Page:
Presented entirely online this year, Pilgrimage is a series of concerts during the season of Lent by emerging and established artists in Victoria, raising funds in support of the Victoria Hospice Bereavement Services.
In the final concert of Pilgrimage 2021, Kim Greenwood (mezzo soprano), Marnie Setka-Mooney (soprano), and Sara Weicker-Partridge (mezzo soprano) perform Robert Fleming's The Confession Stone, and Pergolesi's Stabat Mater.
Kim Greenwood is a multi-faceted performer and educator. She is an actor at heart, and this comes shining through in all her repertoire, engaging audiences at every turn. Kim regularly collaborates with many fine jazz musicians on the west coast of Canada and has formed her own ensembles. In 2017 Kim created and produced the highly successful "Ella at 100" tribute show and she has produced a number of shows at Hermann's Jazz Club since 2015, all to capacity crowds. Kim has a strong classical performance history with the VCM Opera Studio, Pacific Opera Victoria chorus and as a solo artist with the Victoria Civic Orchestra and The Sooke Philharmonic Orchestra. When asked in 2011 if she would like to learn “The Confession Stone” by her friend and mentor Catherine Young, she was deeply moved by this work and honoured that she was asked to perform it. Kim has been on faculty at The Canadian College of Performing Arts since 2012 and has taught privately since 2000. Most recently, she has joined Singdaptive.com as an instructor, a very exciting and innovative online learning platform. For Kim, performing and teaching have always gone hand in hand, each influencing and informing the other. www.kimgreenwood.ca
Marnie Setka-Mooney is active in Victoria as both a performer and teacher. She has her AVCM (voice), and BMus-Vocal Performance from UBC, having studied with Catherine Young in Victoria and French Tickner at UBC. A believer in professional development, Marnie has also sung in Master Classes for Richard Miller, Edith Wiens, and Cornelia Prestl. See the event posting for last week's Pilgrimage concert for Marnie's full bio.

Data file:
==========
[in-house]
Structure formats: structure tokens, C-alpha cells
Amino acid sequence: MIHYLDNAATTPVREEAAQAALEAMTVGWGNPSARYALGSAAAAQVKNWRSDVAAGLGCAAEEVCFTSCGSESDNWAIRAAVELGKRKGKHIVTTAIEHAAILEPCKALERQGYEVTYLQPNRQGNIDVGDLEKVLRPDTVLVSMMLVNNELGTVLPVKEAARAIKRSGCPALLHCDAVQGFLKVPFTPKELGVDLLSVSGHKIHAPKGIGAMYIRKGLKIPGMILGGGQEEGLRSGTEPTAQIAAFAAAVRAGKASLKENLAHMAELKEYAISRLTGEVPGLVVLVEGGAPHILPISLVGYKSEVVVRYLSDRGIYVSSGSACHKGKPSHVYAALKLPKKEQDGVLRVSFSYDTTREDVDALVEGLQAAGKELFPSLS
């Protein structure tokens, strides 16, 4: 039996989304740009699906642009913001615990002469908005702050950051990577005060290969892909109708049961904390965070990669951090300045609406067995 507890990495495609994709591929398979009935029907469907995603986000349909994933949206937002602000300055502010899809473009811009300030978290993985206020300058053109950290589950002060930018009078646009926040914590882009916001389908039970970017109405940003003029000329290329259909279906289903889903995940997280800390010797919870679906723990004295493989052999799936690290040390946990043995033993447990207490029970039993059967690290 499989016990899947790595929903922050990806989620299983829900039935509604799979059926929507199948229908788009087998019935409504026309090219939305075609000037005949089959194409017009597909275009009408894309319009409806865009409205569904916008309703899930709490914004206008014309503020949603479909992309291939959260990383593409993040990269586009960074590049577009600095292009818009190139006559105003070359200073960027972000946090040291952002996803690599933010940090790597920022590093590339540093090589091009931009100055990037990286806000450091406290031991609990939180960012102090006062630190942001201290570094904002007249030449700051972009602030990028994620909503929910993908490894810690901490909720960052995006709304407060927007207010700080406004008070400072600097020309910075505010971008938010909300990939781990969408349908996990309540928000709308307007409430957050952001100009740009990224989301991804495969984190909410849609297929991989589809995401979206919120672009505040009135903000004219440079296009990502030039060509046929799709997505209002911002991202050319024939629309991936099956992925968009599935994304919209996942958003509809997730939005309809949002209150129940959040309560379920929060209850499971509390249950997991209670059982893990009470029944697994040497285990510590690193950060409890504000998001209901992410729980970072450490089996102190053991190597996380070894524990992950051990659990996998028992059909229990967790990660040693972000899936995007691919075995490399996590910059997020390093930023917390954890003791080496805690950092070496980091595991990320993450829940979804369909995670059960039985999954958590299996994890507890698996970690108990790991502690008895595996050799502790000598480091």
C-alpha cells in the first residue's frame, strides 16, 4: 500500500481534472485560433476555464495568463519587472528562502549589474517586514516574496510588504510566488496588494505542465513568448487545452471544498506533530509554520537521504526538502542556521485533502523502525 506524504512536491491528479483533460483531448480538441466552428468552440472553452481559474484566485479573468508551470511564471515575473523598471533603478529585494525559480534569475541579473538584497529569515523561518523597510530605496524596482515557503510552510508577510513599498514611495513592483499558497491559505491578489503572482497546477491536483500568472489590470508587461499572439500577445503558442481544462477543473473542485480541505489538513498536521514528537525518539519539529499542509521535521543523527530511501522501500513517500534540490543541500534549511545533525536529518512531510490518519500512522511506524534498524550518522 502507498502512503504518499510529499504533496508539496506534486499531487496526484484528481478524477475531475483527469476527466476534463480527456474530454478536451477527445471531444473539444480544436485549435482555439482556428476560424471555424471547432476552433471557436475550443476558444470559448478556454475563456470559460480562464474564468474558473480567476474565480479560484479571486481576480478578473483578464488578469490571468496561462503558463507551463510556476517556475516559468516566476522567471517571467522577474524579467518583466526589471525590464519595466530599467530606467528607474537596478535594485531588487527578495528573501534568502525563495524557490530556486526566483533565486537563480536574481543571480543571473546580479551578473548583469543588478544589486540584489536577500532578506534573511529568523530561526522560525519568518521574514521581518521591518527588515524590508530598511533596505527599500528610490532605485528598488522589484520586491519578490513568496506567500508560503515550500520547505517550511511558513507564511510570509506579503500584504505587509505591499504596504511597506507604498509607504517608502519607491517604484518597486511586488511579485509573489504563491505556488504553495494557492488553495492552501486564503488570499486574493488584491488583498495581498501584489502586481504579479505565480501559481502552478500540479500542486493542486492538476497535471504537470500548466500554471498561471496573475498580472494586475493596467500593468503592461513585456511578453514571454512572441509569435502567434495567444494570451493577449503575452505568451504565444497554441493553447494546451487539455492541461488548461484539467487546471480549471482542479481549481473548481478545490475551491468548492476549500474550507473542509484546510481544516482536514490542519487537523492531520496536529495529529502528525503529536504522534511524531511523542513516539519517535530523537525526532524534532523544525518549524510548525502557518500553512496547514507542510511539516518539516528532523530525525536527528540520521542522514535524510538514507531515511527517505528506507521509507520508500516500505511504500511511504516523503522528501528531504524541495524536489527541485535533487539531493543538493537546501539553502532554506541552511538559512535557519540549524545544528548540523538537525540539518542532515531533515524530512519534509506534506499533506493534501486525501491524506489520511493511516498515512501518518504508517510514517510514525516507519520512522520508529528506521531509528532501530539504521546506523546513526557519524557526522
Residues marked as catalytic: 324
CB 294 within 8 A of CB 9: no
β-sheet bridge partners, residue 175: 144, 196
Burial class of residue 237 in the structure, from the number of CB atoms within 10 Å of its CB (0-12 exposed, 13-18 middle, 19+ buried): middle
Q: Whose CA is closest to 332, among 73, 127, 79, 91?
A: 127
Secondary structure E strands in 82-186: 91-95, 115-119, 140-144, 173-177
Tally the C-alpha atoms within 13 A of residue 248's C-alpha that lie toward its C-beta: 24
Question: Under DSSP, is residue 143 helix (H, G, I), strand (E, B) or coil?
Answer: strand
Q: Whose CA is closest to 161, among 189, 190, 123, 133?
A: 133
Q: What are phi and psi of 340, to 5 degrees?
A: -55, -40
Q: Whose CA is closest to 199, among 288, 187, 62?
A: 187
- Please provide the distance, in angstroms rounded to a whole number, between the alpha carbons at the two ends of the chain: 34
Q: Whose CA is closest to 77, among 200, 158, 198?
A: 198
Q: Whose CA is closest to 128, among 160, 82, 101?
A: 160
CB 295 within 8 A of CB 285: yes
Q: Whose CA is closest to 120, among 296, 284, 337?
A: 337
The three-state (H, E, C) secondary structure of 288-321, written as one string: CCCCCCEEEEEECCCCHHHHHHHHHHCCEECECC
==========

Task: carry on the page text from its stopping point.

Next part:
Sara Weicker-Partridge: Over the past 55 years, Sara has expressed her passion for music and theatre in her involvement in numerous productions both on and off stage. She has enjoyed playing leading roles in community theatre productions. She continues to perform in Victoria and the Gulf Islands as a singer and actor. Sara has been teaching students of all ages from beginners to professional singers and actors for the past 36 years. She is currently on faculty at the Canadian College of Performing Arts in Victoria, BC, where she has taught for the past 14 years. Sara holds a Bachelor of Music (with distinction), University of Victoria, AVCM diplomas in Voice Performance and Vocal Pedagogy, and is a Certified Life Coach.
This classic song cycle came about when John Newmark, mentor and collaborative pianist of Maureen Forrester phoned Robert Fleming. The composer was in the midst of wallpaper hanging when called to the phone where he was told by Newmark: “I have found a wonderful set of poems, The Confession Stone, in the collection Beyond the Blues – New Poems by American Negroes (1962). You must set them to music for Maureen.” Newmark had become familiar with this poetry through Bernard Diamant, Ms. Forrester’s original vocal coach. The poems are by the black playwright and teacher, Owen Dodson (1914 – 1983)
This cycle became one of Forrester’s most frequently performed works. After The Confession Stone had been published by Leeds Music in 1968, she always took several copies of the score with her on tour. Whenever a person expressed genuine interest in learning and performing the work, Ms. Forrester would give out a copy.
By Dodson’s own account, his best work was The Confession Stone written in the voice of Mary about the life of her son, Jesus; the piece is often performed at Easter.
The "Stabat Mater" is a 13th-century Christian hymn to Mary, which portrays her suffering as Jesus Christ's mother during his crucifixion. Its author may be either the Franciscan friar Jacopone da Todi or Pope Innocent III. The title comes from its first line, "Stabat Mater dolorosa", which means "the sorrowful mother was standing" [from Wikipedia]
Text and translation of Pergolesi's Stabat Mater Dolorosa (external link, opens in a new window)
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